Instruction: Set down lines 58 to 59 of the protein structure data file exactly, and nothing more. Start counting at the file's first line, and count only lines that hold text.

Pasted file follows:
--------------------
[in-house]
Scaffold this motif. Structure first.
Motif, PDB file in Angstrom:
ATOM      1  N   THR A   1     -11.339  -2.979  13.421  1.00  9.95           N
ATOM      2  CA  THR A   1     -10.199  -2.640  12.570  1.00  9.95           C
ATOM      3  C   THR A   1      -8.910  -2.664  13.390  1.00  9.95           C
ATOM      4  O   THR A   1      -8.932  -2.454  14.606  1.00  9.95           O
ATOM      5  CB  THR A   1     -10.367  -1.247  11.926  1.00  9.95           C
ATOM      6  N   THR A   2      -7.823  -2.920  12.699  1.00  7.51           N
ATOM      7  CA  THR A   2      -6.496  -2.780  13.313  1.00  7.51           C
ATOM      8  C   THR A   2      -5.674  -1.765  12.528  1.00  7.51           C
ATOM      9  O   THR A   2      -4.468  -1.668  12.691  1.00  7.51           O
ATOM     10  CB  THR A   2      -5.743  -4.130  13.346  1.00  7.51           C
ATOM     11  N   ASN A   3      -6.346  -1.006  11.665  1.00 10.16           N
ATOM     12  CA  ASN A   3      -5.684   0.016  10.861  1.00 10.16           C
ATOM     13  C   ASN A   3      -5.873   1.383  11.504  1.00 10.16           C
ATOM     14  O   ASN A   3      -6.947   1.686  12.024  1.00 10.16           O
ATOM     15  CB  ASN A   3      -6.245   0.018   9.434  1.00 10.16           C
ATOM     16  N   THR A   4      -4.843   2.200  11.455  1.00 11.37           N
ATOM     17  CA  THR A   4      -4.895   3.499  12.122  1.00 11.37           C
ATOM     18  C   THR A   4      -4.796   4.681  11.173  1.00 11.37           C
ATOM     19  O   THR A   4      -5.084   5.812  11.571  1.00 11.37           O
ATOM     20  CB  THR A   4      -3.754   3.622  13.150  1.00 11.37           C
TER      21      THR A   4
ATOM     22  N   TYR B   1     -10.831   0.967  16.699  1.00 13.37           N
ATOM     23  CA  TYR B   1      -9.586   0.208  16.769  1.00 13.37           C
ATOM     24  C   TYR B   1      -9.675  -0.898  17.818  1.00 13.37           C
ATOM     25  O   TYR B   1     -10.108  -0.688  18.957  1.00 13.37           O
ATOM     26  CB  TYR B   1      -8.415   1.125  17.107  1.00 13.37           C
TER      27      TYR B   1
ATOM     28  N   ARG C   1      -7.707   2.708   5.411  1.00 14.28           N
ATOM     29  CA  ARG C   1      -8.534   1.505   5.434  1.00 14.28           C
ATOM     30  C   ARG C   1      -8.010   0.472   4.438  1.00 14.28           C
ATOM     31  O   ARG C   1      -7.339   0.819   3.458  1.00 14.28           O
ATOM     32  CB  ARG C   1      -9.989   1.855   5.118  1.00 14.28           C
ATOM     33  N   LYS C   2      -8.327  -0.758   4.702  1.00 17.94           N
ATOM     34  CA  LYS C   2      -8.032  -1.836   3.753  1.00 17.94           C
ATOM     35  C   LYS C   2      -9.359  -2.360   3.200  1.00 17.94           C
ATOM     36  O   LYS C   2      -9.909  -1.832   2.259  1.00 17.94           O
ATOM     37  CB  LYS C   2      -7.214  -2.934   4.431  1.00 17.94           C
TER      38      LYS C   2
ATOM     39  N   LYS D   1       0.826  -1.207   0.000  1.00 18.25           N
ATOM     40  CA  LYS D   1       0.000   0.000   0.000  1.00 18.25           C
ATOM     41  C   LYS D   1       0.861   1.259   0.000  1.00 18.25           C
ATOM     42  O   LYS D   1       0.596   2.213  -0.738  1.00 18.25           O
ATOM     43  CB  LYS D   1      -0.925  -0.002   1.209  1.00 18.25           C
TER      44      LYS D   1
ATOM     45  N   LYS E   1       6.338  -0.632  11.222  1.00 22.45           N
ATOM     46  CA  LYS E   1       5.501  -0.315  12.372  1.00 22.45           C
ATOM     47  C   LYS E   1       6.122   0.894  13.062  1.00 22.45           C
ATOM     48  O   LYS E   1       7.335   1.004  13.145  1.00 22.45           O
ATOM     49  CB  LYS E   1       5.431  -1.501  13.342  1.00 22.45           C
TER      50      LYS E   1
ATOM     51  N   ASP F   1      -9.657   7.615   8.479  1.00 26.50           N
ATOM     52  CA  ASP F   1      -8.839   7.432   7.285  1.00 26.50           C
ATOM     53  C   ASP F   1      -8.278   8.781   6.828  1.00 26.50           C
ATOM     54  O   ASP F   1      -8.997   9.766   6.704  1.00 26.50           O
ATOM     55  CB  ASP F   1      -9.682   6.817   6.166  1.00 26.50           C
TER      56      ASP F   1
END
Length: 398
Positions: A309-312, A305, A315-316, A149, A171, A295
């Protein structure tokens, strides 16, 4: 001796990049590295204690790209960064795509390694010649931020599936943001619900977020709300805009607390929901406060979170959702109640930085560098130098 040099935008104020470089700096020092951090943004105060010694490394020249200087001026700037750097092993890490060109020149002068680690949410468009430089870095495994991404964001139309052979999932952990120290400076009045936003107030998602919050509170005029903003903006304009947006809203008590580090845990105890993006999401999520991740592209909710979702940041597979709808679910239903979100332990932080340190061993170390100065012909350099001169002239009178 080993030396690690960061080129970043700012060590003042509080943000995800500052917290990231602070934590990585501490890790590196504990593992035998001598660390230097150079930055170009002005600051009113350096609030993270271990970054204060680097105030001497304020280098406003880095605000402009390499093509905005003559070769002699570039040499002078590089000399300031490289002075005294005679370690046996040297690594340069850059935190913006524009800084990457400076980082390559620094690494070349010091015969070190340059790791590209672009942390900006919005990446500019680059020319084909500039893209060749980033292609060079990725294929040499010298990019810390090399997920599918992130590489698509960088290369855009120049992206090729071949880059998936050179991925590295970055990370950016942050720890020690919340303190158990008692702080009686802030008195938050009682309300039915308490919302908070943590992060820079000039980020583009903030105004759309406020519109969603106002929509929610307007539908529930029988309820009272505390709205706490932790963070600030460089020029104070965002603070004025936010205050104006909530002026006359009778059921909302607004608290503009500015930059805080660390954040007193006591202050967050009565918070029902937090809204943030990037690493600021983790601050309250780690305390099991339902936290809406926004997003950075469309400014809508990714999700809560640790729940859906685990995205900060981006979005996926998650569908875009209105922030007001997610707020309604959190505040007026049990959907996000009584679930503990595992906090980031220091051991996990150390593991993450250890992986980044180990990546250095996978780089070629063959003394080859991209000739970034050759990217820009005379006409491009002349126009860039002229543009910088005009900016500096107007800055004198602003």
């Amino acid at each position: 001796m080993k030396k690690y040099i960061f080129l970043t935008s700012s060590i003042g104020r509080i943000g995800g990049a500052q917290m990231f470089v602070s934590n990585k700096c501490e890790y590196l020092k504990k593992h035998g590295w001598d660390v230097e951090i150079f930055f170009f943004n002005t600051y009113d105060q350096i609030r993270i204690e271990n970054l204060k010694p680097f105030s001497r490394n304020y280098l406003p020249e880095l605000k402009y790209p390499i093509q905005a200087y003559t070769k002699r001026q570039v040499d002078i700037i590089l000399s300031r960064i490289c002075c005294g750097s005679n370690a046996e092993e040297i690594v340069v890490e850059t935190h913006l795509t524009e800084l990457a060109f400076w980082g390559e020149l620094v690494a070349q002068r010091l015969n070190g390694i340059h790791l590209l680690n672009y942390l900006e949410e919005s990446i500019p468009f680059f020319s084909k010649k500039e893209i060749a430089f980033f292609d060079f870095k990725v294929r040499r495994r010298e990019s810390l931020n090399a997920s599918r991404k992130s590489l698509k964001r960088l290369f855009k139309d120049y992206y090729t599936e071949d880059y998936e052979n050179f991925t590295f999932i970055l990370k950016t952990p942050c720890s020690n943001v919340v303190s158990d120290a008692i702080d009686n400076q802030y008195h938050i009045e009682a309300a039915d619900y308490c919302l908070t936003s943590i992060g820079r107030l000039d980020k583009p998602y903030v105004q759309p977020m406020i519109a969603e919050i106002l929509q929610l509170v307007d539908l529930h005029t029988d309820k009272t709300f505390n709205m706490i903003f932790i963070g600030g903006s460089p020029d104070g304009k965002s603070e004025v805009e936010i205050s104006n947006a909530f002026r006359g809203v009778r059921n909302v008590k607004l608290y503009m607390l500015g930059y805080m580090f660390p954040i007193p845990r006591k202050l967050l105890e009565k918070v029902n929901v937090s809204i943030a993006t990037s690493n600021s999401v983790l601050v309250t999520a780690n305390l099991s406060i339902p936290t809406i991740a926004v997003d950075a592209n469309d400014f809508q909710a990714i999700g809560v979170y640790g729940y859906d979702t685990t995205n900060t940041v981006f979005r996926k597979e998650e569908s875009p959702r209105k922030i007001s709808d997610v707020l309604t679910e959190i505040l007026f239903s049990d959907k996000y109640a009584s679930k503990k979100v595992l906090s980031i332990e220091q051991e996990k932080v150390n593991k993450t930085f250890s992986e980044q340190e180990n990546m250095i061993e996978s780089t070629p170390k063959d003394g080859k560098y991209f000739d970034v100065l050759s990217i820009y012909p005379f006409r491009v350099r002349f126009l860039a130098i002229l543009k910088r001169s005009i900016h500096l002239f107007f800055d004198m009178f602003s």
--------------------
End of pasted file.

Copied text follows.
ATOM     55  CB  ASP F   1      -9.682   6.817   6.166  1.00 26.50           C
TER      56      ASP F   1